A few things to mention about this. Firstly, I think Milch's relationship with Messerschmitt is much more complex than 'lifelong hatred'. Messerschmitt was invited to attend, and did attend, numerous GL meetings presided over by Milch from 1942 to 1944 - more than any other aircraft company representative with the possible exception of Hertel. Some, such as Ernst Heinkel and Walter Blume, are never (as far as I can tell) invited to attend. Interactions between Milch and Messerschmitt are usually cordial and professional.
When something particularly bad happens to Willy Messerschmitt - e.g. the Me 210 situation - Milch reads out a letter from Goering on the subject and states that he is refraining from saying anything else. On other occasions, Milch makes remarks about being misled by Messerschmitt but this is a very common complaint. Goering makes it too.
There's an interesting contrast between two GL meetings in May 1944 when the issue of the Me 262 having to be built as a bomber is discussed. During the first meeting (without Messerschmitt present), the various representatives such as Knemeyer and Petersen sound almost panicked in describing the problems of kitting the 262 out with bombs - there's only one place on the aircraft where the bombs can be attached and that causes 1) severe CG issues and 2) the nosewheel undercarriage isn't strong enough for it. There's also a supply issue with the bomb rack fairings.
But during the following meeting, Willy Messerschmitt is present and very smoothly explains away all the difficulties. He sounds very convincing - the CG issue isn't actually a problem because the fuel tanks only have to be moved a little to compensate, the nosewheel was already being strengthened so it's not a problem, the fairings are being sourced without issue etc.
This seems to happen quite often - Messerschmitt is very convincing when he speaks and nothing is ever his fault: it's the suppliers, the engines, the component manufacturers, the radiators etc. etc.
And it's evident that although Hitler knows very little about aircraft and very seldom interferes, Messerschmitt knows him personally and derives some sort of security or protection from that - more so than Milch.
So maybe Milch did hate him, but if he did he kept it well hidden and he doesn't seem to act against Messerschmitt during the course of the war.

On the subject of 'Me' versus 'Bf', for most of the war Messerschmitt's internal papers nearly always refer to the 'Me 109'. This is true of test and development reports, supply reports etc. as well as project drawings. So it's no surprise to see 'Me 109 Zw' in company documents. The 'official' designation was 'Bf 109', but colloquially it seems many people in Germany even outside Messerschmitt did also call it the 'Me 109', to the point where it was pretty much interchangable by the end of the war.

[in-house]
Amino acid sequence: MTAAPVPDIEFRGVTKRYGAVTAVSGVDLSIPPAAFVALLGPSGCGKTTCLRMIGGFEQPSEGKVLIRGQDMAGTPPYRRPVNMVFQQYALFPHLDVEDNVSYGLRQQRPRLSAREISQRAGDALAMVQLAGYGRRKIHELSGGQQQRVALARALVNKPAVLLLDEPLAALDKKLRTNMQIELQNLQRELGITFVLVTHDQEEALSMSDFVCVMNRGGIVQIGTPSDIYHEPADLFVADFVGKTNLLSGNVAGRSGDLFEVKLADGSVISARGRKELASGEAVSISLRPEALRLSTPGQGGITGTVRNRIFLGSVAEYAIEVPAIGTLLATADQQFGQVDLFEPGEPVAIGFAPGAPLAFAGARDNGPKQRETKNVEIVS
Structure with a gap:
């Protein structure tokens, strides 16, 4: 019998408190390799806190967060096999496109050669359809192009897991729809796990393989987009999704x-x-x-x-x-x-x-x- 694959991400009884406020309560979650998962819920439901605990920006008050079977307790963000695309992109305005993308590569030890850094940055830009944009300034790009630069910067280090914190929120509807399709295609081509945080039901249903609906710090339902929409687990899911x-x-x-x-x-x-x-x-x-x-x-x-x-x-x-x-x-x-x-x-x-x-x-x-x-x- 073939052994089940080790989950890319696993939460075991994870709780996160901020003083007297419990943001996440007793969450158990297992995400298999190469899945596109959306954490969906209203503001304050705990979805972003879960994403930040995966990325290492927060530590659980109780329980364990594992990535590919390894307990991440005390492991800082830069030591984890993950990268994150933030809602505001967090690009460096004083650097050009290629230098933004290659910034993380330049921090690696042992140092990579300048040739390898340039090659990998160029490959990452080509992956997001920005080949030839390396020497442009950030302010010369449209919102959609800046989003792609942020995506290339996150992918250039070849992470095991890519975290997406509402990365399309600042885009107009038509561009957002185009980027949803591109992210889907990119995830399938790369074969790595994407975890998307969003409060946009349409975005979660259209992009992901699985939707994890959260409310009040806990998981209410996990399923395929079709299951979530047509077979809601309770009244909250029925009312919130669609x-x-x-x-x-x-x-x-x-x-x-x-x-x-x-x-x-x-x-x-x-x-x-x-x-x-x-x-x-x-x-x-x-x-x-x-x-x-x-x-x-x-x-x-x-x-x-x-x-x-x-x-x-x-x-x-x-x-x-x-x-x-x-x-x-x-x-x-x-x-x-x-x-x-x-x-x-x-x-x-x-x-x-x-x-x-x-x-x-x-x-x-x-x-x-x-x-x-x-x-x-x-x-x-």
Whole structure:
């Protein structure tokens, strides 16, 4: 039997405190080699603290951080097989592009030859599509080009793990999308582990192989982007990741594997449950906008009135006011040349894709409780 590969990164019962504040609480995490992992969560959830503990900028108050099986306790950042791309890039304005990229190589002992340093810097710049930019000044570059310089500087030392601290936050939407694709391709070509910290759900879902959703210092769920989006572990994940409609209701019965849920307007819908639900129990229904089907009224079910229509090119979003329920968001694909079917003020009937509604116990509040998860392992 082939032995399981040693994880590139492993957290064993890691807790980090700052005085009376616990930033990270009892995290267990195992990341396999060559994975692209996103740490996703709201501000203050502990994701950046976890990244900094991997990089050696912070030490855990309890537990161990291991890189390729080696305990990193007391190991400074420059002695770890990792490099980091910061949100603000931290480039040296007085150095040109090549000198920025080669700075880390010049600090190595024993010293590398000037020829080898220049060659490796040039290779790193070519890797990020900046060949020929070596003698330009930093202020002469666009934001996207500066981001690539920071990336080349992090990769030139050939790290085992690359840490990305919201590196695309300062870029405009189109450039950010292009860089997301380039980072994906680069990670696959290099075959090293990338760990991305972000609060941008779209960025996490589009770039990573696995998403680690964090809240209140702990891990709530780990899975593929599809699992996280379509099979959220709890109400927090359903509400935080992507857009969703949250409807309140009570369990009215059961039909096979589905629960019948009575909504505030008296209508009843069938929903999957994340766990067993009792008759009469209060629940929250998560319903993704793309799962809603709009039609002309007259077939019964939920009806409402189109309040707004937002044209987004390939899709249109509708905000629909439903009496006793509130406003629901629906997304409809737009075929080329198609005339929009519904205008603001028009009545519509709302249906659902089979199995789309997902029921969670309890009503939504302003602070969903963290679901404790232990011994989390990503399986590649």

iirc, the supposed source of the animosity goes back to when Milch was in-charge of Luft Hansa. There was a Messerschmitt M.20 that crashed killing a good friend of Milch who then held Messerschmitts lack of action against him.
 

newsdeskdan

ACCESS: Top Secret
Top Contributor
Senior Member
Joined
Jun 11, 2014
Messages
1,072
Reaction score
743
iirc, the supposed source of the animosity goes back to when Milch was in-charge of Luft Hansa. There was a Messerschmitt M.20 that crashed killing a good friend of Milch who then held Messerschmitts lack of action against him.

Yes - that's the bit of Galgot's original post I was responding to, the hatred supposedly arising from the death of Hans Hackmack. Judging by the hours and hours of meeting transcripts which show Messerschmitt conversing with Milch and others during GL conferences, I would certainly say that Milch did not trust Messerschmitt. It doesn't seem to have been a lack of faith in his abilities as an engineer and designer (which you might think that it would be on the basis of the M20 incident), or his judgement - more that Milch felt Messerschmitt was embellishing the truth, withholding information, obfuscating and generally being less than honest about the state of his factories and his company's work. I think Milch's distrust was probably justified, all things considered.
 

GTX

All hail the God of Frustration!!!
Senior Member
Joined
Apr 15, 2006
Messages
3,176
Reaction score
856
Website
beyondthesprues.com

On the subject of 'Me' versus 'Bf', for most of the war Messerschmitt's internal papers nearly always refer to the 'Me 109'. This is true of test and development reports, supply reports etc. as well as project drawings. So it's no surprise to see 'Me 109 Zw' in company documents. The 'official' designation was 'Bf 109', but colloquially it seems many people in Germany even outside Messerschmitt did also call it the 'Me 109', to the point where it was pretty much interchangable by the end of the war.
A new spin on the old "Me" vs "Bf" argument.:D
 

Similar threads

Top